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Professor Zvi Maza is the recipient of the Israel Prize in the field of physics research for 2024 - an overview of his main discoveries

Professor Maza studied planets outside the solar system and even developed a method for discovering planets that allows expanding the search circle

Prof. Zvi Maza, photo: Tel Aviv University
Prof. Zvi Maza, photo: Tel Aviv University

The Minister of Education, Yoav Kish, announced that Professor Zvi Maza, a researcher at Tel Aviv University in the field of theoretical astrophysics and observational astronomy, is the recipient of the Israel Prize in the field of physics research for the year 2024.

Prof. Maza has been researching planets outside the solar system since 1984, when the idea of ​​looking for extrasolar planets was then considered esoteric, even bordering on science fiction. He was one of the few who appreciated that it was possible that giant planets could be found very close to their parent stars. Throughout his research career, Zvi Maza led the development of computational methods and advanced research tools for double stars and extrasolar planets.

The award committee stated in its reasoning that Professor Maza's methodological synthesis led to the discovery of extrasolar planets while developing flattening analysis, which became standard methods in the field. The committee also stated in its reasoning that these achievements give Professor Maza worldwide recognition as one of the founding fathers of the field of extrasolar planets, which is at the forefront of global research in astrophysics.

Zvi Maza is a professor of physics and astronomy at Tel Aviv University, the trustee of the Oren Family Chair in Experimental Physics. Weizmann Prize laureate for science.

Prof. Maza initiated the search that led in 1989 to the discovery of the candidate to be the first planet discovered outside the solar system, back at a time when everyone believed that it was impossible to discover planets outside the solar system. Since then he has participated in the discoveries of dozens of planets, mainly with the help of spacecraft that move above the atmosphere to measure the intensity of starlight accurately.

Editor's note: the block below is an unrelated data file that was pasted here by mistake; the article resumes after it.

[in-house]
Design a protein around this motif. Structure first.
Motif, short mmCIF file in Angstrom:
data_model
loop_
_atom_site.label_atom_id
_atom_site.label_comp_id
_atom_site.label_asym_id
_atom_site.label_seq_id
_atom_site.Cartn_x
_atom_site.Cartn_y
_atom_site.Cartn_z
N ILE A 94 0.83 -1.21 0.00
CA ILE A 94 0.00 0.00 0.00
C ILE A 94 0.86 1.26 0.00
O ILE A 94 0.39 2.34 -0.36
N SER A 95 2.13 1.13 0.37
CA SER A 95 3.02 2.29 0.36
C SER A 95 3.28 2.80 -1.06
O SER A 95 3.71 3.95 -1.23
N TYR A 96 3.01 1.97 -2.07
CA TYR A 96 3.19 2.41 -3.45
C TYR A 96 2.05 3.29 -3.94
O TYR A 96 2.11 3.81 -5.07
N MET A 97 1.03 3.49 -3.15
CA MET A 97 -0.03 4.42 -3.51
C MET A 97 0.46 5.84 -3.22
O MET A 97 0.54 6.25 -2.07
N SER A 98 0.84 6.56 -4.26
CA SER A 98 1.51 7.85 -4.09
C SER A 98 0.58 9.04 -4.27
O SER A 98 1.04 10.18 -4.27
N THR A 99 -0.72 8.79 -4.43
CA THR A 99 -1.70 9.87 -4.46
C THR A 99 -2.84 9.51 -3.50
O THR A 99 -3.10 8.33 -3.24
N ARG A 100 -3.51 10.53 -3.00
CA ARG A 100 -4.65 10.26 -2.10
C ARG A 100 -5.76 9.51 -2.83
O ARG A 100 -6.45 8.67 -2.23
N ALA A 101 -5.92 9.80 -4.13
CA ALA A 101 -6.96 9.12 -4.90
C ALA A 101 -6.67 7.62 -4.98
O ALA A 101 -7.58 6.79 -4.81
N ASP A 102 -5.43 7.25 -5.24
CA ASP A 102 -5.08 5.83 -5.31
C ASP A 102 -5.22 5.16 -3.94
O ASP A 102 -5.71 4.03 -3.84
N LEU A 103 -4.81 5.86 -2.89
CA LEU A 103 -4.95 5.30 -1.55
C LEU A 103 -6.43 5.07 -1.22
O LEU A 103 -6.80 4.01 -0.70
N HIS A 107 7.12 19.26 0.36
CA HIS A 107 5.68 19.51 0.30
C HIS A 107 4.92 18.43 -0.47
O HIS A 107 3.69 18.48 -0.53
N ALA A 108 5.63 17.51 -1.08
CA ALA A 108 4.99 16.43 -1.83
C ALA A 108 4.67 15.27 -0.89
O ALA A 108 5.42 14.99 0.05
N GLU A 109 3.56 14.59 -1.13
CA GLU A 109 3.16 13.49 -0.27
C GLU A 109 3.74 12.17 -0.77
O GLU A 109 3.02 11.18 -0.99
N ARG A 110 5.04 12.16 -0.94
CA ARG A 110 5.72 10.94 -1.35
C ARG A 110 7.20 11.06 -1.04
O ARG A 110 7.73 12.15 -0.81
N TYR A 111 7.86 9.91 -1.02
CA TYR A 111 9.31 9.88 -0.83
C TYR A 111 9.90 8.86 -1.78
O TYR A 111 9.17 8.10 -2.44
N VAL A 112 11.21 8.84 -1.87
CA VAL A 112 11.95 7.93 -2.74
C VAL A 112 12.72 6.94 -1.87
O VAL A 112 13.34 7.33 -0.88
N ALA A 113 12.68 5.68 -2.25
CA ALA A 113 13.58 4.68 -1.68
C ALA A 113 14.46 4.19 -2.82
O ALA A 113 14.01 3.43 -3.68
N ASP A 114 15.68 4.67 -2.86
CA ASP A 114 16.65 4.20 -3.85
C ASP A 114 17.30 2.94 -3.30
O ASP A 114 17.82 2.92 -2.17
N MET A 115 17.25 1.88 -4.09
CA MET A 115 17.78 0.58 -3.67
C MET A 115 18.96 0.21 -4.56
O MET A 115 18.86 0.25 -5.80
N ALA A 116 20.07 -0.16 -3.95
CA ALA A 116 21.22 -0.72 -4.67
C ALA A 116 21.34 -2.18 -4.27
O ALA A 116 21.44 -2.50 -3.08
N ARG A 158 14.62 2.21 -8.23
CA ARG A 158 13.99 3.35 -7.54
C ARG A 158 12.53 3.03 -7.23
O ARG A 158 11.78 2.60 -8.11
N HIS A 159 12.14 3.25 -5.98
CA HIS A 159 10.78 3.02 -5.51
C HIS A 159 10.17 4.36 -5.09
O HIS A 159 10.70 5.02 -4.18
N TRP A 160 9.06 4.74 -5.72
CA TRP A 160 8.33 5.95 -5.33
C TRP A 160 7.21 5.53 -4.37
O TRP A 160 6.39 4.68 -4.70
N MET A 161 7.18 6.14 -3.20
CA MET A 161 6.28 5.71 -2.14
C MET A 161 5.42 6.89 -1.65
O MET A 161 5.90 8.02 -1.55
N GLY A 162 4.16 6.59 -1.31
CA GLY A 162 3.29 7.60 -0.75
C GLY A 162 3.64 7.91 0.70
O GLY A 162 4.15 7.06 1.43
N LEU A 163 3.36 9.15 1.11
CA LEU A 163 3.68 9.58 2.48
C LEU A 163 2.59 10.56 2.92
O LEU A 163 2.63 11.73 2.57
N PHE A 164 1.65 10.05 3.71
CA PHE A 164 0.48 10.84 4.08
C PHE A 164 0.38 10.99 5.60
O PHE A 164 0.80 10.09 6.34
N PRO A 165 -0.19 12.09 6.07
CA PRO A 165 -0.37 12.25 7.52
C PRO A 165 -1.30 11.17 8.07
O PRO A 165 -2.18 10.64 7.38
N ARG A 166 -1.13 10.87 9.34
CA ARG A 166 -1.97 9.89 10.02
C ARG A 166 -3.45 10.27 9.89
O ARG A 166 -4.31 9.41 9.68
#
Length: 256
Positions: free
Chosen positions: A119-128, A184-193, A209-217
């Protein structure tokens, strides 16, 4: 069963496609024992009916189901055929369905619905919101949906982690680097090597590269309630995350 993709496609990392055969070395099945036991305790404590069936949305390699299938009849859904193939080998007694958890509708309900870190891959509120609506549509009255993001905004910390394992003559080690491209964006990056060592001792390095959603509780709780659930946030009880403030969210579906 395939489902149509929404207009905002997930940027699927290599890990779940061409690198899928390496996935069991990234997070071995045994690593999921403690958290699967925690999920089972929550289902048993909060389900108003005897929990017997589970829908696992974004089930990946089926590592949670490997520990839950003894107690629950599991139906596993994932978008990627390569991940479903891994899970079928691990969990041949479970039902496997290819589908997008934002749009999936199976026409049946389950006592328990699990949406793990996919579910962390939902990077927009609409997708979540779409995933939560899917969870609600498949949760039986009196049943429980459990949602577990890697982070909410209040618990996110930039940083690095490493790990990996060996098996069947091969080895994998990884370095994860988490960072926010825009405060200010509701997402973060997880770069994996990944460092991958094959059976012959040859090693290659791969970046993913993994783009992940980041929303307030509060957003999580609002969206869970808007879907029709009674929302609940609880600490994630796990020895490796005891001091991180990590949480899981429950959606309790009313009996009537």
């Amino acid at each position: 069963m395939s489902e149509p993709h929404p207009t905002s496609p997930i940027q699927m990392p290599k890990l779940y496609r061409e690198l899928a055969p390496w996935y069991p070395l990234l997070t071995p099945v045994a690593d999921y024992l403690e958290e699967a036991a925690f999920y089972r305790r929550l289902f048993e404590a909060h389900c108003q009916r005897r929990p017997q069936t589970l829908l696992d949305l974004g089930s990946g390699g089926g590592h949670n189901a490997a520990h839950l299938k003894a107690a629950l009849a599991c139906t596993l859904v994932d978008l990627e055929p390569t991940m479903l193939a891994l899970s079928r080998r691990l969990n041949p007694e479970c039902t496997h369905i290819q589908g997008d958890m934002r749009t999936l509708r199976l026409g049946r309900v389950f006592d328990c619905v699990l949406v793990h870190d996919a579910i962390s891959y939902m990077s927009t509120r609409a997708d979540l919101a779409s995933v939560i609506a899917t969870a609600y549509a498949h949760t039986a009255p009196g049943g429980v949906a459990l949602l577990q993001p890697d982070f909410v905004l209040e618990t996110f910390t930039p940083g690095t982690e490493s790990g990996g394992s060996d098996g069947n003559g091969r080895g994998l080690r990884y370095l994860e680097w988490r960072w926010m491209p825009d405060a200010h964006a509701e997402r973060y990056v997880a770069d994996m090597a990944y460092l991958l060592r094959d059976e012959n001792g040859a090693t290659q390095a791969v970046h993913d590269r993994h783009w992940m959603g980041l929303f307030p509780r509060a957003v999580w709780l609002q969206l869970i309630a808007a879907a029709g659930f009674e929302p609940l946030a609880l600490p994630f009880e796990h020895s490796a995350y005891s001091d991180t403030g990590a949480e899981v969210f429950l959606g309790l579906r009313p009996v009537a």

Maza is leading an international effort to discover giant planets and brown dwarfs using the light curves obtained by spacecraft with the help of a search algorithm, BEER, which looks for the relativistic directionality effect with which the first planet has already been found. The research is financed by a prestigious grant from the European Research Authority ERC in the amount approaching two million euros.

Prof. Zvi Maza was involved in a number of major discoveries in the field of planets outside the solar system:

  1. The Tripartite Planetary Discovery Project - In collaboration with Tel Aviv University and the Gaia and Tess spacecraft, Maza helped enable the quick and efficient discovery of new planets.
  2. Discovering a planet using a new method - The use of Einstein's theory of relativity allowed Maza and his team to discover a planet outside the solar system in 2013.
  3. For the first time, two new planets orbiting a double sun have been discovered - This discovery, made in 2012, contributed important information to understanding the dynamics of double systems and their effect on the stability of planetary orbits.
  4. Discoveries of seven new planets by the Coro spacecraft (CoRoT) – This 2010 discovery included the discovery of multiple planets in one system, offering insights into the diversity of planetary systems in space.
  5. An Earth-like planet has been discovered - This discovery, in which an Israeli team participated, opened up the possibility of studying planets that may support life, due to the similarity in conditions to those of the Earth, especially the existence of water in a liquid state and a magnetic field.
  6. Prof. Maza and the fight for Pluto's position - In 2006, during discussions about Pluto's status as a planet, Maza was involved in the investigations and discussions that preceded the decision to make Pluto a "dwarf planet". He discusses the possible changes in definitions and their impact on our scientific understanding of the solar system.
  7. First accurate measurement of the mass of a planet – In 2002, Maza and his team participated in the first accurate measurement of the mass of a planet in another solar system. This discovery helped researchers better understand the properties of planets that are not part of our solar system, and deepen the knowledge about the evolution of planetary systems.

Links to all the news can be found here

Each of these discoveries and the research led by Maza contributed greatly to the expansion of knowledge in the scientific community and to a deeper understanding of the forces and processes that affect the solar system and other planetary systems in the universe.

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